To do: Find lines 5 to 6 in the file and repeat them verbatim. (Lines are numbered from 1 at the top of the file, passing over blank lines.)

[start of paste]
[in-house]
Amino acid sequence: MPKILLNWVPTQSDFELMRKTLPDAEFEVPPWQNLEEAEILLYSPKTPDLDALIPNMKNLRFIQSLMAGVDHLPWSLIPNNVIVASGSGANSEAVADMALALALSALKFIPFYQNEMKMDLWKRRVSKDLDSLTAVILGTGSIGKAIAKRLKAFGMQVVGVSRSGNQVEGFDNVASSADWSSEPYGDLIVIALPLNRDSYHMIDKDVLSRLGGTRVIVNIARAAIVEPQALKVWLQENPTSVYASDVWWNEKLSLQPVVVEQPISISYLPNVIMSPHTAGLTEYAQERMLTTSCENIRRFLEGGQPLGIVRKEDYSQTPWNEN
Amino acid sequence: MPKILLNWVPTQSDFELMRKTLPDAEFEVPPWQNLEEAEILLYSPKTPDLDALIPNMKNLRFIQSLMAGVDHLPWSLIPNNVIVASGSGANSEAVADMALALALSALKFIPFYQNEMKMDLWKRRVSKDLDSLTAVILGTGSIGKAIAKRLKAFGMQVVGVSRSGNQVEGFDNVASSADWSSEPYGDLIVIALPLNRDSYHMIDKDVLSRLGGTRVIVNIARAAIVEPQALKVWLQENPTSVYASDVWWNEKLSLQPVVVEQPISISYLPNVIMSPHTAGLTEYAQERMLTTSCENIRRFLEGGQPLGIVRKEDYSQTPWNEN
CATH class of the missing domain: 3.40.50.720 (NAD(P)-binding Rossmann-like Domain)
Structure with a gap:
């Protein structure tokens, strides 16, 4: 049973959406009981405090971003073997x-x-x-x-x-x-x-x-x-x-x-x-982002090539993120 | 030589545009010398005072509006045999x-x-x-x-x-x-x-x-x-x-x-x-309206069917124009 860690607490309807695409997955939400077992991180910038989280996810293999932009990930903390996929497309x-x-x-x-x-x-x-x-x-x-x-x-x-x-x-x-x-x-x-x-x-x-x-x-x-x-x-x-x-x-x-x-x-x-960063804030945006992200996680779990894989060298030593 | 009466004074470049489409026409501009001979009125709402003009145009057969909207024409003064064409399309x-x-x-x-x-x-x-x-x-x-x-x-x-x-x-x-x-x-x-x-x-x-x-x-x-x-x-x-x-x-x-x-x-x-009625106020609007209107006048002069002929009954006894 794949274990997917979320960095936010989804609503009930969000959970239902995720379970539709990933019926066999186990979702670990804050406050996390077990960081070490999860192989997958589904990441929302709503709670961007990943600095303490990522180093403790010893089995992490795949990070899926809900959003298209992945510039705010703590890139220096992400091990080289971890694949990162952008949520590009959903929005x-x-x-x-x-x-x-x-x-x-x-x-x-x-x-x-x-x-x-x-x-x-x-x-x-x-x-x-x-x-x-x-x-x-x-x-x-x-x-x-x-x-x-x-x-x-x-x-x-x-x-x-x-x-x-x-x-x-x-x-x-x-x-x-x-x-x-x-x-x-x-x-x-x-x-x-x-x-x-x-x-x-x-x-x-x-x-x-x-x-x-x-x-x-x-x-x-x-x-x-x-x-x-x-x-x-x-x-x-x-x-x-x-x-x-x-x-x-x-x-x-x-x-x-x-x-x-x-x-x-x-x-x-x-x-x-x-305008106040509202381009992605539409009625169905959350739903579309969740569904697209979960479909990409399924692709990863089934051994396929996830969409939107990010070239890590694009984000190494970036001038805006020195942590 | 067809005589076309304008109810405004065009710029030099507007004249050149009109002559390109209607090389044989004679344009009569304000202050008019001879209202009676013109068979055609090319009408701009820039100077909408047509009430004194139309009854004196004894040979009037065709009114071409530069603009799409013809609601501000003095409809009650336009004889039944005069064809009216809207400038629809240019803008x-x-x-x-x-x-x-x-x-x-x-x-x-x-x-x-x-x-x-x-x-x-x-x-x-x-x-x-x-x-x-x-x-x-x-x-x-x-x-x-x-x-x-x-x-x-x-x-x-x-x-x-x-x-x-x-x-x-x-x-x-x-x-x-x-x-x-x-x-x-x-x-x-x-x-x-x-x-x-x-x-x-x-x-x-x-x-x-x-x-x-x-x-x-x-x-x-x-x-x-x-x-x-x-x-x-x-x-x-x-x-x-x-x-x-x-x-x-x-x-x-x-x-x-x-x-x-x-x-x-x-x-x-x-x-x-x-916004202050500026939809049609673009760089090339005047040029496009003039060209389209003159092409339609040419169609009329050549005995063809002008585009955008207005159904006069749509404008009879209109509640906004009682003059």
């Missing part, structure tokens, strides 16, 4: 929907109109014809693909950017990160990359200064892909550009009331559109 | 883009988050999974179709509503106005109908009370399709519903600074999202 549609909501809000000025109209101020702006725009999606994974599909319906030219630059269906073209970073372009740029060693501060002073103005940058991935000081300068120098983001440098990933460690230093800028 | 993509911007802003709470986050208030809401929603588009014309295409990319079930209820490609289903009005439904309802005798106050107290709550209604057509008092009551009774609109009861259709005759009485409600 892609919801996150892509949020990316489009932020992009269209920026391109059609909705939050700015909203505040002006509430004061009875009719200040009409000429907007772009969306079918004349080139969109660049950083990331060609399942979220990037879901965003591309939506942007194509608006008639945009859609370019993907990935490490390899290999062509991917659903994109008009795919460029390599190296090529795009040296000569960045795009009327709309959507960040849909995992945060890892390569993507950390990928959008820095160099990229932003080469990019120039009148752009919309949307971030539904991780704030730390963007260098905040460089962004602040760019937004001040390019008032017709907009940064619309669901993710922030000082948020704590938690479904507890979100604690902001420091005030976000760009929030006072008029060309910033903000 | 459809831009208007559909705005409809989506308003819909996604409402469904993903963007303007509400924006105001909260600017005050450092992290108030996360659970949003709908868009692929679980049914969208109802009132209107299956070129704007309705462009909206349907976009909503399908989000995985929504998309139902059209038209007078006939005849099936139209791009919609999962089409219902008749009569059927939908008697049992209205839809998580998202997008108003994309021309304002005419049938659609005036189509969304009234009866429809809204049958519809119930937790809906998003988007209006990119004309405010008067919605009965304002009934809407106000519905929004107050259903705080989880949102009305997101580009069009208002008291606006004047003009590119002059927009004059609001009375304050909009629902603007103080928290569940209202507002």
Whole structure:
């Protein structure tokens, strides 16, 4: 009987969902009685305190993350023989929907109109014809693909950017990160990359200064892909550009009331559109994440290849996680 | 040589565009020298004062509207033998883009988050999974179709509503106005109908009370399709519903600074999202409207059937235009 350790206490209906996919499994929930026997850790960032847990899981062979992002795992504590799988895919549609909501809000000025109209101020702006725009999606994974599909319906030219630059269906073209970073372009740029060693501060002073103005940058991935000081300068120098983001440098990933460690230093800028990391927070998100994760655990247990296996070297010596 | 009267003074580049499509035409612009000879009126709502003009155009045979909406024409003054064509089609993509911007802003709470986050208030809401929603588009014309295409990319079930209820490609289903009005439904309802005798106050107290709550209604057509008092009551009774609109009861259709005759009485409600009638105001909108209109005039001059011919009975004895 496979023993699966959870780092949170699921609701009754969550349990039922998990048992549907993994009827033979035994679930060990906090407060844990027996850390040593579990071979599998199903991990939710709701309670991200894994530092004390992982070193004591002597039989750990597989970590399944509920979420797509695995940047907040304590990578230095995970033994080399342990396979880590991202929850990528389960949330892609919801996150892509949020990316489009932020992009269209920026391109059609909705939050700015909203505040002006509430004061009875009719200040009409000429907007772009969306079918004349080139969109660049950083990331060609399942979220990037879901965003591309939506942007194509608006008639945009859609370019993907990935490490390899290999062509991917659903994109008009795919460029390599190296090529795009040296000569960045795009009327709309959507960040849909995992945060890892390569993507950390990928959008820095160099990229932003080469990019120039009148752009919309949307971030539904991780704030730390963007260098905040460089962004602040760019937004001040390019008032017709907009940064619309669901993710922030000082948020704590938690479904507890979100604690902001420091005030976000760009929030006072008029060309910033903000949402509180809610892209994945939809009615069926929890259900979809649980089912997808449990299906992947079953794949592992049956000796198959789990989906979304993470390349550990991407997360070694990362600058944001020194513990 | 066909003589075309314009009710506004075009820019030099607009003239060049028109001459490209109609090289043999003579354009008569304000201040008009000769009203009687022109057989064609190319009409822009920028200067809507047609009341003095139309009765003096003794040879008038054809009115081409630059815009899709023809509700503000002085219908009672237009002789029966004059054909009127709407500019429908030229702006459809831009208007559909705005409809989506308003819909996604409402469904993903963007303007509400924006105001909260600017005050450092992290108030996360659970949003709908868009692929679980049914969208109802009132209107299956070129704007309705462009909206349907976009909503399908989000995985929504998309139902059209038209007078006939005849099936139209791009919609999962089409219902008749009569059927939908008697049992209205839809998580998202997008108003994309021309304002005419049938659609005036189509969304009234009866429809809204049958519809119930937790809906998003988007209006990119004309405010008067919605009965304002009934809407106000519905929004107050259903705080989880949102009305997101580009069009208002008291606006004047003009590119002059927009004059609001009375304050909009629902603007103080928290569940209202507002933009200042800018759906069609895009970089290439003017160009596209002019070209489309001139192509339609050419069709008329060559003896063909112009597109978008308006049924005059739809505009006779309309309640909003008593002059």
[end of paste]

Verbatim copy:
Structure with a gap:
């Protein structure tokens, strides 16, 4: 049973959406009981405090971003073997x-x-x-x-x-x-x-x-x-x-x-x-982002090539993120 | 030589545009010398005072509006045999x-x-x-x-x-x-x-x-x-x-x-x-309206069917124009 860690607490309807695409997955939400077992991180910038989280996810293999932009990930903390996929497309x-x-x-x-x-x-x-x-x-x-x-x-x-x-x-x-x-x-x-x-x-x-x-x-x-x-x-x-x-x-x-x-x-x-960063804030945006992200996680779990894989060298030593 | 009466004074470049489409026409501009001979009125709402003009145009057969909207024409003064064409399309x-x-x-x-x-x-x-x-x-x-x-x-x-x-x-x-x-x-x-x-x-x-x-x-x-x-x-x-x-x-x-x-x-x-009625106020609007209107006048002069002929009954006894 794949274990997917979320960095936010989804609503009930969000959970239902995720379970539709990933019926066999186990979702670990804050406050996390077990960081070490999860192989997958589904990441929302709503709670961007990943600095303490990522180093403790010893089995992490795949990070899926809900959003298209992945510039705010703590890139220096992400091990080289971890694949990162952008949520590009959903929005x-x-x-x-x-x-x-x-x-x-x-x-x-x-x-x-x-x-x-x-x-x-x-x-x-x-x-x-x-x-x-x-x-x-x-x-x-x-x-x-x-x-x-x-x-x-x-x-x-x-x-x-x-x-x-x-x-x-x-x-x-x-x-x-x-x-x-x-x-x-x-x-x-x-x-x-x-x-x-x-x-x-x-x-x-x-x-x-x-x-x-x-x-x-x-x-x-x-x-x-x-x-x-x-x-x-x-x-x-x-x-x-x-x-x-x-x-x-x-x-x-x-x-x-x-x-x-x-x-x-x-x-x-x-x-x-x-305008106040509202381009992605539409009625169905959350739903579309969740569904697209979960479909990409399924692709990863089934051994396929996830969409939107990010070239890590694009984000190494970036001038805006020195942590 | 067809005589076309304008109810405004065009710029030099507007004249050149009109002559390109209607090389044989004679344009009569304000202050008019001879209202009676013109068979055609090319009408701009820039100077909408047509009430004194139309009854004196004894040979009037065709009114071409530069603009799409013809609601501000003095409809009650336009004889039944005069064809009216809207400038629809240019803008x-x-x-x-x-x-x-x-x-x-x-x-x-x-x-x-x-x-x-x-x-x-x-x-x-x-x-x-x-x-x-x-x-x-x-x-x-x-x-x-x-x-x-x-x-x-x-x-x-x-x-x-x-x-x-x-x-x-x-x-x-x-x-x-x-x-x-x-x-x-x-x-x-x-x-x-x-x-x-x-x-x-x-x-x-x-x-x-x-x-x-x-x-x-x-x-x-x-x-x-x-x-x-x-x-x-x-x-x-x-x-x-x-x-x-x-x-x-x-x-x-x-x-x-x-x-x-x-x-x-x-x-x-x-x-x-x-916004202050500026939809049609673009760089090339005047040029496009003039060209389209003159092409339609040419169609009329050549005995063809002008585009955008207005159904006069749509404008009879209109509640906004009682003059």